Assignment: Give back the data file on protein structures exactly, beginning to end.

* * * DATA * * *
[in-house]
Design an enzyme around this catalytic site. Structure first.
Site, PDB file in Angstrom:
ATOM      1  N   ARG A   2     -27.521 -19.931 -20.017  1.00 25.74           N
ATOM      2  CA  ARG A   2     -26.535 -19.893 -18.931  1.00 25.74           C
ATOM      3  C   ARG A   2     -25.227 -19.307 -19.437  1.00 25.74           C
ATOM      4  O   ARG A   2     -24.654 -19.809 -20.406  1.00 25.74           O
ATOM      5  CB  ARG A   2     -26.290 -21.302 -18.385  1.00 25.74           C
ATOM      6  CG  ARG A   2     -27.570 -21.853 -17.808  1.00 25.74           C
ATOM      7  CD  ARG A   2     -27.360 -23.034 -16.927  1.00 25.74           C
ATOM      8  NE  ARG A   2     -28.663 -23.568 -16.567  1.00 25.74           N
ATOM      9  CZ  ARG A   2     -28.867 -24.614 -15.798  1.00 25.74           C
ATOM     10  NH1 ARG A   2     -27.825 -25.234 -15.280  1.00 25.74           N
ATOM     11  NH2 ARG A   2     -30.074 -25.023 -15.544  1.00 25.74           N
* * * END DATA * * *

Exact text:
[in-house]
Design an enzyme around this catalytic site. Structure first.
Site, PDB file in Angstrom:
ATOM      1  N   ARG A   2     -27.521 -19.931 -20.017  1.00 25.74           N
ATOM      2  CA  ARG A   2     -26.535 -19.893 -18.931  1.00 25.74           C
ATOM      3  C   ARG A   2     -25.227 -19.307 -19.437  1.00 25.74           C
ATOM      4  O   ARG A   2     -24.654 -19.809 -20.406  1.00 25.74           O
ATOM      5  CB  ARG A   2     -26.290 -21.302 -18.385  1.00 25.74           C
ATOM      6  CG  ARG A   2     -27.570 -21.853 -17.808  1.00 25.74           C
ATOM      7  CD  ARG A   2     -27.360 -23.034 -16.927  1.00 25.74           C
ATOM      8  NE  ARG A   2     -28.663 -23.568 -16.567  1.00 25.74           N
ATOM      9  CZ  ARG A   2     -28.867 -24.614 -15.798  1.00 25.74           C
ATOM     10  NH1 ARG A   2     -27.825 -25.234 -15.280  1.00 25.74           N
ATOM     11  NH2 ARG A   2     -30.074 -25.023 -15.544  1.00 25.74           N